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product testing

Posted by nae22 (My Page) on
Mon, Apr 21, 08 at 18:40

While ordering supplies for my budding business I was informed that by federal law I am required to have all of my products tested for safety and or microbiological. Has anyone ever run into this before? I have yet to put my products on the market but if I am required to go through this I wont be able to. Does anyone who sells their products to the public know if this is true or is there a way to include a type of disclaimer in order to bypass this.
Also does anyone know of a good natural preservative that I can use in my lotions
Thank you so much in advance


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RE: product testing

If you are a small business, I don't think you have to get testing done, unless you are making claims that your product will heal, cure, or any way alter the body, then you have to get it approved with the FDA because they will consider that a new drug, and to my knowledge is a no no with FDA approval.

Here's a copy of a letter sent by the fda to a small business that carries herbal products. I copied it from one of the soap making forums that I am on, they were discussing the fda rules....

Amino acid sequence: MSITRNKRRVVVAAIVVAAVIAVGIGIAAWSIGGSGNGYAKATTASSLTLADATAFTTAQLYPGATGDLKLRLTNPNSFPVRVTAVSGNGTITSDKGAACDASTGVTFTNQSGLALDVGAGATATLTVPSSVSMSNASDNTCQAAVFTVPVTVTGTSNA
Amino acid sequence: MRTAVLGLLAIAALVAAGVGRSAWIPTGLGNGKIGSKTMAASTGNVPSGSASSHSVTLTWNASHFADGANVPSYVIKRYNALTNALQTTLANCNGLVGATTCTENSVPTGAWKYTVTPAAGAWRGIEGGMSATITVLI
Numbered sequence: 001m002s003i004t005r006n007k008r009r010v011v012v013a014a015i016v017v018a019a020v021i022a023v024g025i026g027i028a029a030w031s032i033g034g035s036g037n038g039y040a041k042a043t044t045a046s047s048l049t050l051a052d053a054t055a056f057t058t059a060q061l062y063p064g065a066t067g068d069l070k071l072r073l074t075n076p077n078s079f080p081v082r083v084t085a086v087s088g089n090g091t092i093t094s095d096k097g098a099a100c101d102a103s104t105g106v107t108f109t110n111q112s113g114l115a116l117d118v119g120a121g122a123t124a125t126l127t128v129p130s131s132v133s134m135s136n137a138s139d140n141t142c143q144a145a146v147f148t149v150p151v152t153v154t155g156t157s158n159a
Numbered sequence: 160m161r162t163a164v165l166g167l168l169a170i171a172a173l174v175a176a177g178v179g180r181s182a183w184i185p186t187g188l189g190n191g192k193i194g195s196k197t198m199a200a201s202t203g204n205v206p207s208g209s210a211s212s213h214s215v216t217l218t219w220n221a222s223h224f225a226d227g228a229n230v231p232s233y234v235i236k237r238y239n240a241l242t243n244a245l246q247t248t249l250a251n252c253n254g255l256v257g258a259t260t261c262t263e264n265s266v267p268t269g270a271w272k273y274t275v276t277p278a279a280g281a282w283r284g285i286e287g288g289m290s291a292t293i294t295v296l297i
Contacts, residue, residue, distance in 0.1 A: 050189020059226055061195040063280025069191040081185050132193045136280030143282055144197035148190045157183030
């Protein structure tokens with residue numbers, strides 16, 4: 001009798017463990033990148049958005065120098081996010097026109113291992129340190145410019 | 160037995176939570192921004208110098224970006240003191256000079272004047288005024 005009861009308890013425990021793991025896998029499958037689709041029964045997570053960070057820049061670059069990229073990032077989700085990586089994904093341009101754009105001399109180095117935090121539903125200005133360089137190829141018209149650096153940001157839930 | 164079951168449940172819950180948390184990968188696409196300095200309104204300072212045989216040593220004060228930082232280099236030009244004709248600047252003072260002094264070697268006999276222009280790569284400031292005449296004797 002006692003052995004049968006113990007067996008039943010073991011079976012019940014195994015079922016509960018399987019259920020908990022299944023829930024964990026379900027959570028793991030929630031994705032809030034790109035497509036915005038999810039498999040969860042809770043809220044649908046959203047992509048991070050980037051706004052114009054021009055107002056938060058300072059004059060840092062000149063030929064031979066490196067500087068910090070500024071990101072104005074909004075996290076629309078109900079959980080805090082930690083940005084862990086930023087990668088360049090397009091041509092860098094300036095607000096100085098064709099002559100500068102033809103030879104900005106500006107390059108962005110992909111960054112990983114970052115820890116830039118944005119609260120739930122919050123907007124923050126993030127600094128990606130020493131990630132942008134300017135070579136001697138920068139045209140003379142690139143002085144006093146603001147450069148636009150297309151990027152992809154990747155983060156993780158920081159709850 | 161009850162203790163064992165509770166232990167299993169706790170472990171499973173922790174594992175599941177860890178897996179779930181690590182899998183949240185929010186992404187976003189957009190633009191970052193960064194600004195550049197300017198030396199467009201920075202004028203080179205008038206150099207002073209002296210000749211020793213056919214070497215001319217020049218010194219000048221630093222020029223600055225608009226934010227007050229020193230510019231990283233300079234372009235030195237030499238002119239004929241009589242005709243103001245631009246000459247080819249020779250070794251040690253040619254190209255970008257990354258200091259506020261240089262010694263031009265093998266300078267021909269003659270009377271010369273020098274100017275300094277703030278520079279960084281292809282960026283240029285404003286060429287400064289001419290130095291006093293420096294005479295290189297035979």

This is to advise you that the Food and Drug Administration (FDA)
has reviewed your web site at the Internet address:
http://www.brasseur.com and has determined that various products
being offered on this site are promoted for conditions that may
cause them to be drugs under section 201(g) of the Federal Food,
Drug, and Cosmetic Act (the Act) [21 USC 321(g)]. The products may
be considered drugs because the therapeutic claims as shown on your
web site establish their intended use as drugs.

Examples of some of the products and claims observed on your web
site include, in part:

Anti-Plague Syrup
"Plague," "helping the body's immune system fight off contagious
diseases, both viral and bacterial. Flu, bronchitis, pneumonia,
measles, chicken pox, mumps, etc."

Comfrey -Mullein-Garlic Syrup
"Asthmatic cough syrup...associated muscle spasm and tightness...sore
throats..."

Loquat Herbal Cough Syrup
"...coughs, colds, congestion, sore throat..."

Red Clover Combination
"chronic degenerative conditions"

VF Syrup
"Vermifuge formulated to kill and expel internal parasites."

Chickweed ointment
"Skin irritation and inflammation....itching symptoms of eczema,
psoriasis, hives, acne and insect bites...heat rash, burning genitals
and chicken pox."

Nose ointment
"...external antihistamine for nasal and sinus congestion."

Oil of Garlic
"Natural antibiotic for infections, earaches and sore throat. ...wart
removal."

Tel Fu essential oil
"Works faster than aspirin for headache pain, relieves pain..."

Seed-A-Sept Ear Drops
"All purpose ear cleanser...ear irritations...flus and colds, or
allergy, such conditions can cause extreme discomfort."

C-Licous
"...preventative for crib death or Sudden Infant Death Syndrome
(SIDS). ...treatment and prevention of the common cold."

MIDTRAC
"alternative to Prozac"

Furthermore, FDA has no information that your products are generally
recognized as safe and effective for the above referenced conditions